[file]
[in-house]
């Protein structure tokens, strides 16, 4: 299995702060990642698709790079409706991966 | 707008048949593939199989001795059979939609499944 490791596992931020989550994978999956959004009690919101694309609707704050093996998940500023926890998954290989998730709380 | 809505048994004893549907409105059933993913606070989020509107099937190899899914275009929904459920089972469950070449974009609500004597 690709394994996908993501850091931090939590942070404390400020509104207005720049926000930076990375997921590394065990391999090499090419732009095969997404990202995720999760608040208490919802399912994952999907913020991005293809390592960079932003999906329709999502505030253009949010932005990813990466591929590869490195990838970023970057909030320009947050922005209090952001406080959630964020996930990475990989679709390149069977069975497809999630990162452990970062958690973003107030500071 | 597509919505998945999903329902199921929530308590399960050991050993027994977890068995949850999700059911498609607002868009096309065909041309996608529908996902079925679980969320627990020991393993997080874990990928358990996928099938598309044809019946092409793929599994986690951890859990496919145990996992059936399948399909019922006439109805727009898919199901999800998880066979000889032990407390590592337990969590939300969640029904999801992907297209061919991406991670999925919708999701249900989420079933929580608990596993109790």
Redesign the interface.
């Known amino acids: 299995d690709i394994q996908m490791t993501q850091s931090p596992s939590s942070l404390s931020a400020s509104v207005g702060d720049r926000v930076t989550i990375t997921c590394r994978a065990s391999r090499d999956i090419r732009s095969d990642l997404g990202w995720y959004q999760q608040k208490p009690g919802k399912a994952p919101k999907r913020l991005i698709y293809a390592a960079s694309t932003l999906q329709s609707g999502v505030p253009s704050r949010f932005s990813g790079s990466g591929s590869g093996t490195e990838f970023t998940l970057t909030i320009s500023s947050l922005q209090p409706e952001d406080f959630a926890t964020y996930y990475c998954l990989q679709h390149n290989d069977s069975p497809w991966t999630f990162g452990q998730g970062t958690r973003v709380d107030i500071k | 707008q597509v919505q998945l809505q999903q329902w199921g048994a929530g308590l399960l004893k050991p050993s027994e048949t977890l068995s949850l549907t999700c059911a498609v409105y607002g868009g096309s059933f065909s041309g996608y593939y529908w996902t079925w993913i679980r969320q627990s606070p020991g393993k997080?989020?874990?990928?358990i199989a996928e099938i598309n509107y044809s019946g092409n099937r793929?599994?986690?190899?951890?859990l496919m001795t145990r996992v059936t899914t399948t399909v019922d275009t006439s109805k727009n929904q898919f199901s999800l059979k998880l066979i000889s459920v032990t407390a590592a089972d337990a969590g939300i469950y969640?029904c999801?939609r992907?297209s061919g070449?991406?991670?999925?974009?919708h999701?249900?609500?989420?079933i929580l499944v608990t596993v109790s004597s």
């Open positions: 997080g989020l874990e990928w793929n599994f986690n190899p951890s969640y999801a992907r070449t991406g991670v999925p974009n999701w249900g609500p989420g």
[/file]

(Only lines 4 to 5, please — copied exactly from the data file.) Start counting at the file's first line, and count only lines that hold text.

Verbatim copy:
């Known amino acids: 299995d690709i394994q996908m490791t993501q850091s931090p596992s939590s942070l404390s931020a400020s509104v207005g702060d720049r926000v930076t989550i990375t997921c590394r994978a065990s391999r090499d999956i090419r732009s095969d990642l997404g990202w995720y959004q999760q608040k208490p009690g919802k399912a994952p919101k999907r913020l991005i698709y293809a390592a960079s694309t932003l999906q329709s609707g999502v505030p253009s704050r949010f932005s990813g790079s990466g591929s590869g093996t490195e990838f970023t998940l970057t909030i320009s500023s947050l922005q209090p409706e952001d406080f959630a926890t964020y996930y990475c998954l990989q679709h390149n290989d069977s069975p497809w991966t999630f990162g452990q998730g970062t958690r973003v709380d107030i500071k | 707008q597509v919505q998945l809505q999903q329902w199921g048994a929530g308590l399960l004893k050991p050993s027994e048949t977890l068995s949850l549907t999700c059911a498609v409105y607002g868009g096309s059933f065909s041309g996608y593939y529908w996902t079925w993913i679980r969320q627990s606070p020991g393993k997080?989020?874990?990928?358990i199989a996928e099938i598309n509107y044809s019946g092409n099937r793929?599994?986690?190899?951890?859990l496919m001795t145990r996992v059936t899914t399948t399909v019922d275009t006439s109805k727009n929904q898919f199901s999800l059979k998880l066979i000889s459920v032990t407390a590592a089972d337990a969590g939300i469950y969640?029904c999801?939609r992907?297209s061919g070449?991406?991670?999925?974009?919708h999701?249900?609500?989420?079933i929580l499944v608990t596993v109790s004597s």
């Open positions: 997080g989020l874990e990928w793929n599994f986690n190899p951890s969640y999801a992907r070449t991406g991670v999925p974009n999701w249900g609500p989420g």